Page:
[Screen It]


(1998) (Will Ferrell, Chris Kattan) (PG-13)

Blood/Gore Disrespectful/
Bad Attitude
Tense Scenes
Mild None Mild None None
Moderate None None Minor Heavy
Smoking Tense Family
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Heavy Minor Minor Minor Mild

Comedy: Two brothers, who don't realize they're losers, try to get into the exclusive Roxbury club while dreaming of opening a club of their own.
Steve (WILL FERRELL) and Doug Butabi (CHRIS KATTAN) are bar hopping brothers who don't realize that their failed attempts at being hip, cool, and stylish immediately label them as losers. Living at home with their dad (DAN HEDAYA) and mom (LONI ANDERSON), these young adults dream of one day getting into the hottest club in the city, the Roxbury.

Working at their dad's synthetic plant store by day -- where Steve must put up with the constant attention of an adjacent store owner's daughter, Emily (MOLLY SHANNON) -- the guys get their break when actor Richard Grieco (playing himself), smashes into their vehicle. Not wanting any sort of report, Grieco gets them into the club where they meet the owner, Mr. Zadir, and his assistant, Dooey (COLIN QUINN).

As they tell him of their plans detailing their own "dream" club, two opportunistic women, Cambi (ELISA DONOVAN) and Vivica (GIGI RICE) mistake them for wealthy entrepreneurs and immediately set their gold-digger sights on them.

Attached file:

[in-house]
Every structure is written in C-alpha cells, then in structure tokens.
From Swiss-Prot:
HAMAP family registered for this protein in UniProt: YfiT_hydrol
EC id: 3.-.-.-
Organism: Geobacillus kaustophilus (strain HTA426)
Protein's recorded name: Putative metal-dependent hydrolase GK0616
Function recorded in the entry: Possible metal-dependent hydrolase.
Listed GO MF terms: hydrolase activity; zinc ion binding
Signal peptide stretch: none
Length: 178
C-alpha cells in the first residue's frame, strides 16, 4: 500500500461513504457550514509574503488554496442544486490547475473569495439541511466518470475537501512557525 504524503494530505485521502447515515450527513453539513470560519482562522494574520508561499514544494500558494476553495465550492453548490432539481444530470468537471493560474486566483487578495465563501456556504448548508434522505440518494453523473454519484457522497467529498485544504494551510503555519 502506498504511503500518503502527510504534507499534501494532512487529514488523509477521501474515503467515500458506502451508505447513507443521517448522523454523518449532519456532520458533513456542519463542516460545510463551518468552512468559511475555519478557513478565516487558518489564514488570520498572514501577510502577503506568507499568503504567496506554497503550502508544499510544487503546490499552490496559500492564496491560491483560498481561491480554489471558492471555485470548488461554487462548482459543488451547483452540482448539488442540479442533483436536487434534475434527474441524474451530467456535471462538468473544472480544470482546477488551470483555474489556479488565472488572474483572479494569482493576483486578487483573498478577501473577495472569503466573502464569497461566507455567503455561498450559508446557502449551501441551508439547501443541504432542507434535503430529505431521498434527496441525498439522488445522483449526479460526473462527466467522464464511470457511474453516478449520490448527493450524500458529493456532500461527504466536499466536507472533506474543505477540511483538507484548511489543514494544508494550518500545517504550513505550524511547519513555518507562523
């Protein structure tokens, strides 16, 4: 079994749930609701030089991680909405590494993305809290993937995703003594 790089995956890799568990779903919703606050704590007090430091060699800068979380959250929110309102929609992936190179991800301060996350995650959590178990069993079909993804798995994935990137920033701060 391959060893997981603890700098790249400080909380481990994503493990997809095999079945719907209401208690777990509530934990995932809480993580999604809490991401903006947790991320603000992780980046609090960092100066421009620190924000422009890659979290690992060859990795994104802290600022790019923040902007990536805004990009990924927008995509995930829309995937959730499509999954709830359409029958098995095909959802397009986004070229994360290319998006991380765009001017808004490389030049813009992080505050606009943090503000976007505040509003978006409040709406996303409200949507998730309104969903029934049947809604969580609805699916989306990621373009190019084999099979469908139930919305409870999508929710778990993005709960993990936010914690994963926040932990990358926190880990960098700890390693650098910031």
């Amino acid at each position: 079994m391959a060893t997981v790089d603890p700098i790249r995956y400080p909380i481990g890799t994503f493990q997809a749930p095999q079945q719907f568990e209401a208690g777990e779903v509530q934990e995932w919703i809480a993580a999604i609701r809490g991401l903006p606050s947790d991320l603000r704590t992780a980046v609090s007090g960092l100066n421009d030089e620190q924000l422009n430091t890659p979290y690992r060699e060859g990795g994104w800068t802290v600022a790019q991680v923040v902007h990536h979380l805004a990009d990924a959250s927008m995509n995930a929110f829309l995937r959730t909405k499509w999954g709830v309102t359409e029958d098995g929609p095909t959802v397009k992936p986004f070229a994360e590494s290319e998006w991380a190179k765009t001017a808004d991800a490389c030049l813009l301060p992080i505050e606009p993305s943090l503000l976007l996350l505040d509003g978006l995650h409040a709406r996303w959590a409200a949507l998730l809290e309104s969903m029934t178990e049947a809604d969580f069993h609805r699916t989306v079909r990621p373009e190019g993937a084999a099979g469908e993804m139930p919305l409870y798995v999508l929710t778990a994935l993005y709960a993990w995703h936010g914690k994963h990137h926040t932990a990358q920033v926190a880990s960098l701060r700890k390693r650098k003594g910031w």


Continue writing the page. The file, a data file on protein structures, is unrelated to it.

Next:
If they're fans of the "Saturday Night Live" skit and the characters in it, they probably will.
For sex related humor, language and some drug content.
  • WILL FERRELL and CHRIS KATTAN play two brothers who think they're hip and stylish, but are anything but that. They hit on women and wildly and suggestively dance with them.
  • GIGI RICE and ELISA DONOVAN play two women who pursue and sleep with the brothers because they think they're rich.


    OUR TAKE: 2 out of 10
    Proving once again that it's difficult to transform a three or four-minute skit into a feature length film, "A Night at the Roxbury" is sporadically funny at best, but mightily strains to fill its brief eighty minute runtime.

    Based on a currently running, and somewhat humorous skit on TV's "Saturday Night Live," this film follows in a long line of skits that have landed with varying results as feature movies. For every "Blues Brothers" and "Wayne's World," there's "It's Pat" and "Stuart Saves His Family," so it should come as no surprise that the filmmakers and Paramount Studios are willing to hedge their bets on the film's apparent 50/50 chances.

    The problem is, however, when compared to the skits that were successful, there's practically nothing here with which to work from the original. While the pumping, toe-tapping rhythms of the main song, "What Is Love?" can inspire nearly anyone to bob their head in unison to the beat, the original skit is pretty threadbare beyond that.

    The only real fun of the recurring TV sketch is watching the guest stars (such as Jim Carrey, Alec Baldwin and others) join the two losers in their pathetically funny behavior, as they pump their heads in unison, confusedly point to themselves and each other trying to figure which of them another person's referring to, and then bouncing that person back and forth between them.

    Unfortunately, there's not much more to the movie, and the supplementary plot and dialogue that exist are substandard even for a film like this. Feeling more like the ugly step cousin to "Wayne's World" and its goofy characters that also originated on "SNL," this film was bad enough to inspire/force many people in our audience to get up and leave the theater long before the conclusion -- something I haven't seen in quite a while.